Workers and Assistants
If not Royalty, most minor characters of the Second are workers. There are many of them with set purpose or function. Regards the Trilogy, some should be seen as continually working in the background like Xi Xah, even when not mentioned
specifically. Others appear for a reason, a season perhaps; builders, and administrators of the realm.
Bu Te and helpers
Bu Te is understudy Innkeeper to the King of Forest Meade's restaurant in Book One, before she is taken by Jack, and begins life in his service, as Innkeeper of the Outlands. She proves herself very adaptable, and revels in life
on the shore. Although Da Phai Nai takes precedence as character, Bu Te is in charge of the restaurant of the Village, and becomes a dedicated servant to all who stay there.
Bu Te is assisted by Song Li and Song La, again, Cantonese names referenced, whom were originally Won Long's home help in banishment. They appear infrequently, but are always visible in the background of life on the shore.
Perhaps the most contentious character, as seen by Jien Noi and Jack, the Provost is a stickler for thorough administration, as the role of his job dictates. He is a determined bureaucrat, but one without paper or writing utensils.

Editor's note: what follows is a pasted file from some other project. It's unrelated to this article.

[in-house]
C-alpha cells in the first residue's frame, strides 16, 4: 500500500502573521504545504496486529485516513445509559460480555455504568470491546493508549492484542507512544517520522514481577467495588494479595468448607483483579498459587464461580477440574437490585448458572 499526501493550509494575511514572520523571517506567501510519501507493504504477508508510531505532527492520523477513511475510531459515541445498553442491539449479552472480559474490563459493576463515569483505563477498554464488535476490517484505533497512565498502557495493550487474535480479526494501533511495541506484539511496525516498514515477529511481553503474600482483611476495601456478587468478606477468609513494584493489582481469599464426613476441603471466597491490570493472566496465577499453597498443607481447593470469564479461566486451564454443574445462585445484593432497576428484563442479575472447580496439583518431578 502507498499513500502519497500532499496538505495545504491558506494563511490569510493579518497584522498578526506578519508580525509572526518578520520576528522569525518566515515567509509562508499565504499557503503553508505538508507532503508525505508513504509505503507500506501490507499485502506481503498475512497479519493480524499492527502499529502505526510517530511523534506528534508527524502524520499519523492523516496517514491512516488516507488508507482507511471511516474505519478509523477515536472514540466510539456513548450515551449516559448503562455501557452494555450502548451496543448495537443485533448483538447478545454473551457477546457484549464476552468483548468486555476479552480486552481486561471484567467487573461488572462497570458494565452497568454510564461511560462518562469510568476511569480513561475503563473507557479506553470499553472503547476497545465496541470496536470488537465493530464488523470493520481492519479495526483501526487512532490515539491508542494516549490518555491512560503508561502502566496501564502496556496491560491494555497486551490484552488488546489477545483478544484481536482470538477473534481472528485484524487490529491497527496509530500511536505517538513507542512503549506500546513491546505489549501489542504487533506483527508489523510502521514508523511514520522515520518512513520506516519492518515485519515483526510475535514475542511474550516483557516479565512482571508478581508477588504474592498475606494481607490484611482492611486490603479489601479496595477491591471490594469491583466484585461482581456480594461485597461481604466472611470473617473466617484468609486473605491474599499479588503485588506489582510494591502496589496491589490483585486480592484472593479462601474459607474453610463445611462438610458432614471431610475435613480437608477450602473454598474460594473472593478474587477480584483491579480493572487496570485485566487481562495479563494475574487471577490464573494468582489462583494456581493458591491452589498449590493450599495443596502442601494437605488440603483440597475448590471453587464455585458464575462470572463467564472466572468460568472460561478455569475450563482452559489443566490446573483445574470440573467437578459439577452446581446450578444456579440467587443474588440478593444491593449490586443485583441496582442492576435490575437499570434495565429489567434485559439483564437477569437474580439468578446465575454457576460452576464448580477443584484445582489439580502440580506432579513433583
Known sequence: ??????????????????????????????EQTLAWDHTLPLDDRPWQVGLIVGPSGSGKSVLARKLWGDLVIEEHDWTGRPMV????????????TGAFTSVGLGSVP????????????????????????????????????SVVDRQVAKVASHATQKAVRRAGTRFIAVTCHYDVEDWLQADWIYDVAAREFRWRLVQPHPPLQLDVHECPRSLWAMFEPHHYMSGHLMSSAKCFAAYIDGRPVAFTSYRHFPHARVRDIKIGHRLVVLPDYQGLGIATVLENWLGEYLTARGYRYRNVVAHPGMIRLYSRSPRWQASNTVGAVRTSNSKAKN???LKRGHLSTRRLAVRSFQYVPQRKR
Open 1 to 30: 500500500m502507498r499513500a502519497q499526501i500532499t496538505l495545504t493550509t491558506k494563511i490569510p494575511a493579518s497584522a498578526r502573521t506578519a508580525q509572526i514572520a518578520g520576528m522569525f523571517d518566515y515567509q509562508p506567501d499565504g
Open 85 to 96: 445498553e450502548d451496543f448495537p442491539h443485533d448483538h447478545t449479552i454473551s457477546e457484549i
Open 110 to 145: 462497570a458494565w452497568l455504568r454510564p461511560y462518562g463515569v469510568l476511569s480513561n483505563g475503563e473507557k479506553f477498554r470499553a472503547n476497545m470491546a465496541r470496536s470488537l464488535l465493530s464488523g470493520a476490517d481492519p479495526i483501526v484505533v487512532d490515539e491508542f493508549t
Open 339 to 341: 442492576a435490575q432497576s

Instead, he remembers personal details about every citizen of the realm, and has a small team of helpers to assist with administration.
Jack's Greater Cohort
Several people assist Jack in Book One, and become part of his greater team. The first of these are close friends Xi Xah and Xi Sai, 'The Girls', both courtesans of the King of Forest Meade. Xi Xah was married,
but her husband died shortly after their betrothal, of a plague. Xi Sai was adopted at birth, and was shunned by normal society.
It should be remembered, the King of Forest Meade is in an arranged marriage, does not fully trust the Queen, and may not like her very much. It should be assumed their physical relationship was purely a procreational exercise.
The Queen turns a blind eye to any dalliances her husband may have, although he is very discreet in the matter.
When Jack presses for an explanation, Xi Xah explains she is both a courtier and a concubine; rare in their society. Given the King's personal situation, this is hardly surprising. Xi Sai is similar, but less outgoing than her
friend; she eventually marries Horovitz of the Last, and they raise a family together. Xi Xah never does marry again; greatly enjoying the pleasures and freedoms of life in their matriarchal society.
Both girls found recognition for themselves as individuals with Jack, who never had intimate relations with either of them, although they both tried, especially on his wedding eve. They are also both trained in the Islander's version
of Kung Fu, which they learnt during service to The King. They are both very good, and are comparable to ninja's.
In Grimwaldi Rinns, Xi Xah is replaced by Tai La, who is the Empress' ears and eyes. She got along 'OK' with Jack, but there was always a distance between them, and it is not long before Tai La disappears from